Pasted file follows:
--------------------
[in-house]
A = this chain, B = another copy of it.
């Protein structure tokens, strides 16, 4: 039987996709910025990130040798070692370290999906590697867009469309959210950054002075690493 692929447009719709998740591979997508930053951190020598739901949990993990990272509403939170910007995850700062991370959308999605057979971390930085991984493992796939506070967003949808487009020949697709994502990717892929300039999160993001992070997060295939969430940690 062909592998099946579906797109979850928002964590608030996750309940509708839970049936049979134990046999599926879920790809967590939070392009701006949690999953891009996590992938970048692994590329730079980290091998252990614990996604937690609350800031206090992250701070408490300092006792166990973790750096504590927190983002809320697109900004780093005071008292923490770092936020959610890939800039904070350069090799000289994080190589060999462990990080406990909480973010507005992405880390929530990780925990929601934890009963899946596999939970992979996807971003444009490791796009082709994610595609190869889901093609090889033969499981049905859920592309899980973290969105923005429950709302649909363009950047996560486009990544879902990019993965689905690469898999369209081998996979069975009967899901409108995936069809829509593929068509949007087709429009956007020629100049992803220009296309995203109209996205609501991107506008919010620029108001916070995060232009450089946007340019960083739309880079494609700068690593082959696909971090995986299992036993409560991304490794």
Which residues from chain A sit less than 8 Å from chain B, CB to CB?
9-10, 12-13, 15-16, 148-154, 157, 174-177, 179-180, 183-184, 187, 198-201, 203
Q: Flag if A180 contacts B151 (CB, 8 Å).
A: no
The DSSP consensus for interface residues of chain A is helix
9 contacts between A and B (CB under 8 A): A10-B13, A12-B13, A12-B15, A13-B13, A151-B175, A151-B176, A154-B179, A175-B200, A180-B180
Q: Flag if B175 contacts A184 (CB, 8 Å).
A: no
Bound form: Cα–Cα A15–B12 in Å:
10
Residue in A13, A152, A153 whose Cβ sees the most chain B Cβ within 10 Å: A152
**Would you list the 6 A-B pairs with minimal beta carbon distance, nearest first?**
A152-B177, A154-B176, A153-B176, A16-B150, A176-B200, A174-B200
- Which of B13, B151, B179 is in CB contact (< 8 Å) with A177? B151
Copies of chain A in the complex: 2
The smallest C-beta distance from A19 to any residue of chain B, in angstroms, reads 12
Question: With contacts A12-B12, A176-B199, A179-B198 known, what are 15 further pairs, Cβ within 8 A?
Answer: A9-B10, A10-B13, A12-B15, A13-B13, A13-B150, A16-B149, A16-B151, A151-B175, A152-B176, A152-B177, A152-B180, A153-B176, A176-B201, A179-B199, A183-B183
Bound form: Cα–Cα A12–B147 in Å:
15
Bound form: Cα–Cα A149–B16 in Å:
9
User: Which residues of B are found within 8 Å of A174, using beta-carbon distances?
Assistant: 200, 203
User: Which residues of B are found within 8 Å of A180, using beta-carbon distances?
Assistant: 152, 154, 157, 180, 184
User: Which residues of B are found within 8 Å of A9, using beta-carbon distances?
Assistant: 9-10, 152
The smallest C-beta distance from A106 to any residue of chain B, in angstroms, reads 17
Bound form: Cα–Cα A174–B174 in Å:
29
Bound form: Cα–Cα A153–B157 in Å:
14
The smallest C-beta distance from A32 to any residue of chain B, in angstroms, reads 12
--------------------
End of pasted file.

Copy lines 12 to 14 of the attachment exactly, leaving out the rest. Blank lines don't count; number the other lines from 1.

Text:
Bound form: Cα–Cα A15–B12 in Å:
10
Residue in A13, A152, A153 whose Cβ sees the most chain B Cβ within 10 Å: A152